Let’s face it, nobody wants to read on facebook about your whiz-bang technology. Think about it. How interested are you in reading on facebook or twitter, your insurance agent’s opinions on sufficient life insurance? Or your plumber’s new 24 hour rooter service? Chances are, your bloviations on cloud technology and WAN acceleration are equally dull to your target audience.. at least in a social media setting.
This is a hotly debated discussion I often have with VARs: Does social media really “work” for our industry? Isn’t social media geared more towards consumer products like Apple, Zappos, Fat Tire Beer, and the like?
My take is one of common sense. People put their eyeballs on social media, largely for some level of enjoyment. Do you think people really enjoy understanding how your SSL VPN has a lower TCO? They don’t. We’re all guilty of this. Heck, this very blog post may be guilty of it. I think there is yet another way to approach this — create an alter ego. Your company is Clark Kent — you need a Social Media Superman. Something that connects with your audience on a personal level.
This alter ego would be both a departure from your brand, but also have a connection to your brand. It would have a sort of theme or mantra. Here’s some ideas:
- Lifehacker is a popular website/blog because they include some really creative, counter-intuitive ideas, most of which can be implemented for little or no money. It demonstrates you’re not just trying to make money off the audience. You could include info on hacks to manage the network while you’re on vacation, free up bandwidth, tighten up security with freeware, get a better discount from carriers, you get the idea.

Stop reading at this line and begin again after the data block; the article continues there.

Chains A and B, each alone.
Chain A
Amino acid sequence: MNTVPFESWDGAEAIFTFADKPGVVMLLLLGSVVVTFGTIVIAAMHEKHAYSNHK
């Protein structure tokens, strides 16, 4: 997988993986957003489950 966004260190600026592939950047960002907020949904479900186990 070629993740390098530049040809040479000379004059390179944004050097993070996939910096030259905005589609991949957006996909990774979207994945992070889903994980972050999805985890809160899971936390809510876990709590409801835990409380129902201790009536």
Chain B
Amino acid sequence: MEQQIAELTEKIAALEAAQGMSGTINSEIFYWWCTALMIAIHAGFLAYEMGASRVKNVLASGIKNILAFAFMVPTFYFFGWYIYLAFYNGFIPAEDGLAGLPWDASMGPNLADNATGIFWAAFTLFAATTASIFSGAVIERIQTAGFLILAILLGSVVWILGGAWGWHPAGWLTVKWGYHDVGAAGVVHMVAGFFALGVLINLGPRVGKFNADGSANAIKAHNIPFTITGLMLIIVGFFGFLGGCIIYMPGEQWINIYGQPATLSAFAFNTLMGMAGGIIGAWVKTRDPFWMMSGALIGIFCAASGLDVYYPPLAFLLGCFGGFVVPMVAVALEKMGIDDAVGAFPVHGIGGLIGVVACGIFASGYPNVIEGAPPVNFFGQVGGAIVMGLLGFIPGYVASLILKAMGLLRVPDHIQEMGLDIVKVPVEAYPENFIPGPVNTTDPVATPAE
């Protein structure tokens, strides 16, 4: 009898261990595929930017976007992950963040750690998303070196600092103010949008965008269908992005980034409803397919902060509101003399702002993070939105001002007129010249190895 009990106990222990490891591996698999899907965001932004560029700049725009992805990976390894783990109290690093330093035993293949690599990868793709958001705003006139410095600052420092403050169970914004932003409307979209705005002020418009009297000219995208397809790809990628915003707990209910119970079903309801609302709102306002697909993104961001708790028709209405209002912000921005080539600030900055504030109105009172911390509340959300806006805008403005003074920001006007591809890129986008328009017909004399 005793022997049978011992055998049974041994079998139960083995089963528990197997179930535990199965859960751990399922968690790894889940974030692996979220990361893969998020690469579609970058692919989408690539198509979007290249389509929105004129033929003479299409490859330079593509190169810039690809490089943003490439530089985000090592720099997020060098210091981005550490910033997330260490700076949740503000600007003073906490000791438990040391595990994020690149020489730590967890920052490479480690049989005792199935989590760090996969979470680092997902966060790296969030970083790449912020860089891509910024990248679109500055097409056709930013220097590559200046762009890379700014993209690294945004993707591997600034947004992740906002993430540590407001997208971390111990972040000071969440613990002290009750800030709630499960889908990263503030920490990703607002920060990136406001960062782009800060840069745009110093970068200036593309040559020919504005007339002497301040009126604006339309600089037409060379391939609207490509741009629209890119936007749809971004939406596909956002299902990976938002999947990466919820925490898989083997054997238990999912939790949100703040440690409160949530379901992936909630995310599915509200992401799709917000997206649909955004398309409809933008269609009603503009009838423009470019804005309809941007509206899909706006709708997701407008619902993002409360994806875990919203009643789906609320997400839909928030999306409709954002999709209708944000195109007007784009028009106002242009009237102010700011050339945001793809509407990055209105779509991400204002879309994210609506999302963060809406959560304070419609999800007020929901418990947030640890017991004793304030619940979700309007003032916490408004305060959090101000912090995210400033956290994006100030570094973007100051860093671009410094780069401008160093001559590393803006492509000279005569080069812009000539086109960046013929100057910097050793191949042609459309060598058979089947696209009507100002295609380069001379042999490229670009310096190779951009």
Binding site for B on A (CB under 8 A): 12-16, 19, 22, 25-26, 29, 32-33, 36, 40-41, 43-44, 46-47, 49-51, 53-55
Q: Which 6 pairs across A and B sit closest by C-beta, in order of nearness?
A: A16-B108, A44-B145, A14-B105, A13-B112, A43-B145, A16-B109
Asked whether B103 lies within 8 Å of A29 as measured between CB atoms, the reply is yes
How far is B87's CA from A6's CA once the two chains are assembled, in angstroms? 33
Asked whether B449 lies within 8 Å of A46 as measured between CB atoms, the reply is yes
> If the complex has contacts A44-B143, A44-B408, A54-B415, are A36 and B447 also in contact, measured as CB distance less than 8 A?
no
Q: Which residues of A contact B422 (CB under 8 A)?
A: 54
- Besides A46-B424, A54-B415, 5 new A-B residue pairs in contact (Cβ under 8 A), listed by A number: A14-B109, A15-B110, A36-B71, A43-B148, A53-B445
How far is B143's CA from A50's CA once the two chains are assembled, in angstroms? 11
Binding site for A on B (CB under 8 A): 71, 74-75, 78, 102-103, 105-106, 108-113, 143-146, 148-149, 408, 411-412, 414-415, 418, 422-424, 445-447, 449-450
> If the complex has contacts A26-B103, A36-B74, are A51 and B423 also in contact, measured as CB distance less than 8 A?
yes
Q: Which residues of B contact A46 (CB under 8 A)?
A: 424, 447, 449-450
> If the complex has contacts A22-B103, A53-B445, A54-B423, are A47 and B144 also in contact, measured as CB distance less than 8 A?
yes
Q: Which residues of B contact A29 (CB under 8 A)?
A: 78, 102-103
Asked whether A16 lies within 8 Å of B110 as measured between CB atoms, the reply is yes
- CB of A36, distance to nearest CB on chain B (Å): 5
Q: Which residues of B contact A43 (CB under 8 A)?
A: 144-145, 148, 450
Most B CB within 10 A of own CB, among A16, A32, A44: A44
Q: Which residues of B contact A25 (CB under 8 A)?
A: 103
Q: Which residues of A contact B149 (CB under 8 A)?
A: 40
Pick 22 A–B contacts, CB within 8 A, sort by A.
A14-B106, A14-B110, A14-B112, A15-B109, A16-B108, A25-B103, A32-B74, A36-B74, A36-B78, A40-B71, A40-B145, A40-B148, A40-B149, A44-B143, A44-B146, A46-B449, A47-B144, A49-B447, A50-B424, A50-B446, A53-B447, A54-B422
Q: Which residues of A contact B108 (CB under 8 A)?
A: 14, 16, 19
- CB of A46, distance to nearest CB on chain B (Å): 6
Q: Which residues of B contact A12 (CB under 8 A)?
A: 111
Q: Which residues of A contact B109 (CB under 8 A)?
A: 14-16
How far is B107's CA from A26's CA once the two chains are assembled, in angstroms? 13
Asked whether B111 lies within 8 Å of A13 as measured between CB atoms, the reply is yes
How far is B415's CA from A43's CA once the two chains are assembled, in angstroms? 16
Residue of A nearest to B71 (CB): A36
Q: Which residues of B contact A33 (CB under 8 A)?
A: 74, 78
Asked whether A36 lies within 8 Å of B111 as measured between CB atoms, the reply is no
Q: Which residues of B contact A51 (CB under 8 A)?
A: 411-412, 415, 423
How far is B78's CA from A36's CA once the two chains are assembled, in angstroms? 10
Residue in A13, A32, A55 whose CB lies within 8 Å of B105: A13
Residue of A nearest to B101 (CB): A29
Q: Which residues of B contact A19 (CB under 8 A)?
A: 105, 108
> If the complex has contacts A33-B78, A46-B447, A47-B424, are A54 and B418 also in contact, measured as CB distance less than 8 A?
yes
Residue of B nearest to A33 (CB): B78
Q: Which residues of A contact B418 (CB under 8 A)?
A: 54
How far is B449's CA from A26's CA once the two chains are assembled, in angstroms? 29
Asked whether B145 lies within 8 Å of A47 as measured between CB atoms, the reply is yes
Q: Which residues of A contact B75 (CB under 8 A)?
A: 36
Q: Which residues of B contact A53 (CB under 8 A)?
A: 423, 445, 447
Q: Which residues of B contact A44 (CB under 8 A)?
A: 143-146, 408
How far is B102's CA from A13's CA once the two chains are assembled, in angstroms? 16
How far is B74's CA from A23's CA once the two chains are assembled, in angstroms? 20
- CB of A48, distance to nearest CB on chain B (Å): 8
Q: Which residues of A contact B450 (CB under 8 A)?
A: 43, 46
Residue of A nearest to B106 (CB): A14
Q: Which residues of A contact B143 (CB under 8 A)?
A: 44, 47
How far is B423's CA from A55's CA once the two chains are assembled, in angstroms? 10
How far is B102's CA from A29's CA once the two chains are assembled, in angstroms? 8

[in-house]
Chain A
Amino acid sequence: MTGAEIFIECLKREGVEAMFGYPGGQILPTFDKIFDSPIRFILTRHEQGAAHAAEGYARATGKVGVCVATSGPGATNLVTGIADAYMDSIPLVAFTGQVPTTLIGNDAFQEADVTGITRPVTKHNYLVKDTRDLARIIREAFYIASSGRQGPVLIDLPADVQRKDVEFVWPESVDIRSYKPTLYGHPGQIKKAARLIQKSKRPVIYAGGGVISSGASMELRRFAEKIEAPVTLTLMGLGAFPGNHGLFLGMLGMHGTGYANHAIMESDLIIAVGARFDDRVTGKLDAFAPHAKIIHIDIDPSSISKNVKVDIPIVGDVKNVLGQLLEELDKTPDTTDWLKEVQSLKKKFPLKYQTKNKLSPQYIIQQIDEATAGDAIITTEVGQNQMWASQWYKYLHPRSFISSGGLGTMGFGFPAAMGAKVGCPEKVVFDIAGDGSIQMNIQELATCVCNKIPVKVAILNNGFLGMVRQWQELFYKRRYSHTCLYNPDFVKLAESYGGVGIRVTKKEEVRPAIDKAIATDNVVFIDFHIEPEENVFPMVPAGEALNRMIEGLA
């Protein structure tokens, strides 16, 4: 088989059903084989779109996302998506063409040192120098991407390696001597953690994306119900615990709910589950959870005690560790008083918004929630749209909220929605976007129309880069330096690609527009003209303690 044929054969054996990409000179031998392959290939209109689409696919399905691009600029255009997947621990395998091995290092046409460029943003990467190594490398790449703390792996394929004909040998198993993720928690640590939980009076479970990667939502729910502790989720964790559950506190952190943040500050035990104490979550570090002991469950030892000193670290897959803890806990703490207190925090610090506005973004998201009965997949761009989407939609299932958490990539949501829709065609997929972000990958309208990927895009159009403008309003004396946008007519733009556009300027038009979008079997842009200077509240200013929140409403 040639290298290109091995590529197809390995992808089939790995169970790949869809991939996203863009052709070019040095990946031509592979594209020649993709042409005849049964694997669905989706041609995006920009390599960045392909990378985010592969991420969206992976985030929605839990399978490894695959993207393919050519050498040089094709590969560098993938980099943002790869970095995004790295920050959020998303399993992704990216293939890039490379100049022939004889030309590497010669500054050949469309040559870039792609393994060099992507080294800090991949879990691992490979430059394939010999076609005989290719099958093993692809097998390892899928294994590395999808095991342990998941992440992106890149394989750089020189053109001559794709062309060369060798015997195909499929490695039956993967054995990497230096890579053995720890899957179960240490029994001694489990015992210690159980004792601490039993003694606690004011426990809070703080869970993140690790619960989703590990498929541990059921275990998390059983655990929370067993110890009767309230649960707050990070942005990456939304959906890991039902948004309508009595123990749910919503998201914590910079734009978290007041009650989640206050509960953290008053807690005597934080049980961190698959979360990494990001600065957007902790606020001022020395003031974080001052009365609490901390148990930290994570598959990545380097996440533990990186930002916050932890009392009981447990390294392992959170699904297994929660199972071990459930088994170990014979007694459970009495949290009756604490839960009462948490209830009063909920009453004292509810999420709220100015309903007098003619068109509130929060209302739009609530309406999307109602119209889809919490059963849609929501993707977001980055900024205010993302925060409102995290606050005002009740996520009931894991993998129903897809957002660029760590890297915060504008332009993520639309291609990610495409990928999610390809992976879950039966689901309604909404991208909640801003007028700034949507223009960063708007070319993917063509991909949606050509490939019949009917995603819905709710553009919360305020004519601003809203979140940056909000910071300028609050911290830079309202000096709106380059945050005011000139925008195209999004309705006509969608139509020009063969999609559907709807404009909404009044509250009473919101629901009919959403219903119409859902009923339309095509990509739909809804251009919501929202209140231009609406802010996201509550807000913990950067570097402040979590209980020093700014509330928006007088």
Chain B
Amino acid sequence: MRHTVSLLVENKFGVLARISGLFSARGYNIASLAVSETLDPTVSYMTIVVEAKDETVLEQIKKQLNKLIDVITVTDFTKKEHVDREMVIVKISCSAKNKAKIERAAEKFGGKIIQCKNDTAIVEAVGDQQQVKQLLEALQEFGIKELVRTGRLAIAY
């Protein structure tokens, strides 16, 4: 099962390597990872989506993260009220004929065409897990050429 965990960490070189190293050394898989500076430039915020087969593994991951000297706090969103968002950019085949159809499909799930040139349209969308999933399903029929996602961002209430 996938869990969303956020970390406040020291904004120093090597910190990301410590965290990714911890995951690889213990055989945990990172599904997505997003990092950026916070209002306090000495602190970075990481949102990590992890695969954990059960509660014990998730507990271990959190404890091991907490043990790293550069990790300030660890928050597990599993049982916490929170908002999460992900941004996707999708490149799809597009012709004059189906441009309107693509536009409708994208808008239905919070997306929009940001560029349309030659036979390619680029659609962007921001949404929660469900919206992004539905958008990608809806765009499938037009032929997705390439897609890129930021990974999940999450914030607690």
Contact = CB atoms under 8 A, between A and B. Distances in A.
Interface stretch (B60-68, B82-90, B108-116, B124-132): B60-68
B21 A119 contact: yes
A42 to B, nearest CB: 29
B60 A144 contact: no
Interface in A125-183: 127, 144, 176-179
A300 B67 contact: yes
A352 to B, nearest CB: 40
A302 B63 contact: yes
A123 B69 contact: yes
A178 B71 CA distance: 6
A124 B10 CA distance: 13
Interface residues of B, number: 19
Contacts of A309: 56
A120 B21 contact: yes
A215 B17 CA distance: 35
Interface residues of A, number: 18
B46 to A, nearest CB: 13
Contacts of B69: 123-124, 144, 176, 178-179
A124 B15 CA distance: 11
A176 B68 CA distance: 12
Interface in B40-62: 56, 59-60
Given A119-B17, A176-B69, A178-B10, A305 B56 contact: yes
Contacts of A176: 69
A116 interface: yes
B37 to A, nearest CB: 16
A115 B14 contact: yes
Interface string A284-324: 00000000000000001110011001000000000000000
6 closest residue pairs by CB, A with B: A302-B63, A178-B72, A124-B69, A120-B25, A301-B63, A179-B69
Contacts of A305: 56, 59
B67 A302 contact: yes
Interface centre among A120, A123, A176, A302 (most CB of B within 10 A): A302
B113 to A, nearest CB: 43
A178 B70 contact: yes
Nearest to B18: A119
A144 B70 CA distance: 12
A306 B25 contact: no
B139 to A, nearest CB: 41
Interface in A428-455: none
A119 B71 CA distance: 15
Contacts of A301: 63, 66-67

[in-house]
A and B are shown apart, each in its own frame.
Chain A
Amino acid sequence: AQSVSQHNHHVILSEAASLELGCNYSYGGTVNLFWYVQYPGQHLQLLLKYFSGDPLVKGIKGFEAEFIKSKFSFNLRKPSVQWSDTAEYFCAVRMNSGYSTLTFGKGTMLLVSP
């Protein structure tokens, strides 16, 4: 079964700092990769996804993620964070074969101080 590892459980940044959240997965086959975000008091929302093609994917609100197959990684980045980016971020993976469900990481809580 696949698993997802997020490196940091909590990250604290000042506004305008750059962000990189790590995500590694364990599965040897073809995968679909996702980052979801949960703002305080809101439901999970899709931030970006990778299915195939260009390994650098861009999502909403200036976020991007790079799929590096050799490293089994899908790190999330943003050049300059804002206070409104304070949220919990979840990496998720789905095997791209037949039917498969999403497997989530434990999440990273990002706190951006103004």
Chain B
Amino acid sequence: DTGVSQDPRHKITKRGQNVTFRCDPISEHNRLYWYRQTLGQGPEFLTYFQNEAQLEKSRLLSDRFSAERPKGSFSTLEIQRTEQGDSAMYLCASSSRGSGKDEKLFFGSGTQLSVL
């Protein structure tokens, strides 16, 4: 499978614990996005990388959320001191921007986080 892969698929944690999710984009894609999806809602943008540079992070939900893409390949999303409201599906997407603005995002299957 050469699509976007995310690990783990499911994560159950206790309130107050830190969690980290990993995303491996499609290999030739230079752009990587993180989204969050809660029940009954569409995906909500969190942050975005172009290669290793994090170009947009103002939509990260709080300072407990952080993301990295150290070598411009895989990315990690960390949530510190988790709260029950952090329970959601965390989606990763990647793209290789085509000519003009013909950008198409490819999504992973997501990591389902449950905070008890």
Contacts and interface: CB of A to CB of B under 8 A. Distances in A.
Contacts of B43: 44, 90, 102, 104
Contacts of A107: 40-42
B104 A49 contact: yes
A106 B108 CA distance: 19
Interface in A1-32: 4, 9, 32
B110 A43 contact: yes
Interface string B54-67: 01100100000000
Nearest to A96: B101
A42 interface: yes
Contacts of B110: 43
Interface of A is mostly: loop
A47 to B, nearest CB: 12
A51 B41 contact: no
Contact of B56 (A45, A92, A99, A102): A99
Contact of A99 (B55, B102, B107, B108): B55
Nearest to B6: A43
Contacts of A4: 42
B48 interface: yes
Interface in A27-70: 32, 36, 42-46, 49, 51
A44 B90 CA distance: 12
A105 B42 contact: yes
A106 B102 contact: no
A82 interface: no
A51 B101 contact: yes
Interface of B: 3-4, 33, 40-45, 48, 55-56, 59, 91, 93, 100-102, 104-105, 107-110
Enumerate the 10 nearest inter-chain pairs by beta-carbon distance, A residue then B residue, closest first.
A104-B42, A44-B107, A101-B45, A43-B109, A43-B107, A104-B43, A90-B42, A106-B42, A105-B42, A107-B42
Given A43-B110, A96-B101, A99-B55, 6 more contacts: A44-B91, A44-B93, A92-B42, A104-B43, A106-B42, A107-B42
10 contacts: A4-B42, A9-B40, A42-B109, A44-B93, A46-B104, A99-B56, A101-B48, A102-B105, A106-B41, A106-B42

- Everybody cares about their career. If you focus content around how IT professionals can advance their careers and up their marketability, you’ve got an audience. People enjoy making more money and visualizing their ascent up the corporate ladder.
- Everybody likes to laugh. Sometimes, we really need to laugh. Sharing humor that is relevant to the industry strikes the perfect balance. There’s a lot of free tools out there like www.stripcreator.com to create free comic strips. Or you could create animation via goanimate. I know of one VAR that makes fake onion-esque news articles that spread virally. Here’s an example of a comic strip I created.
It’s possible to do all of the above while at the same time creating a path back to you for a discussion that leads to more business.
Really, it’s just common sense. It shouldn’t be all about you or the junk you sell, rather it should be all about your audience. Not many VARs have cracked the code here which is good. You’ve got a great opportunity to make social media work for you while your competition languishes.
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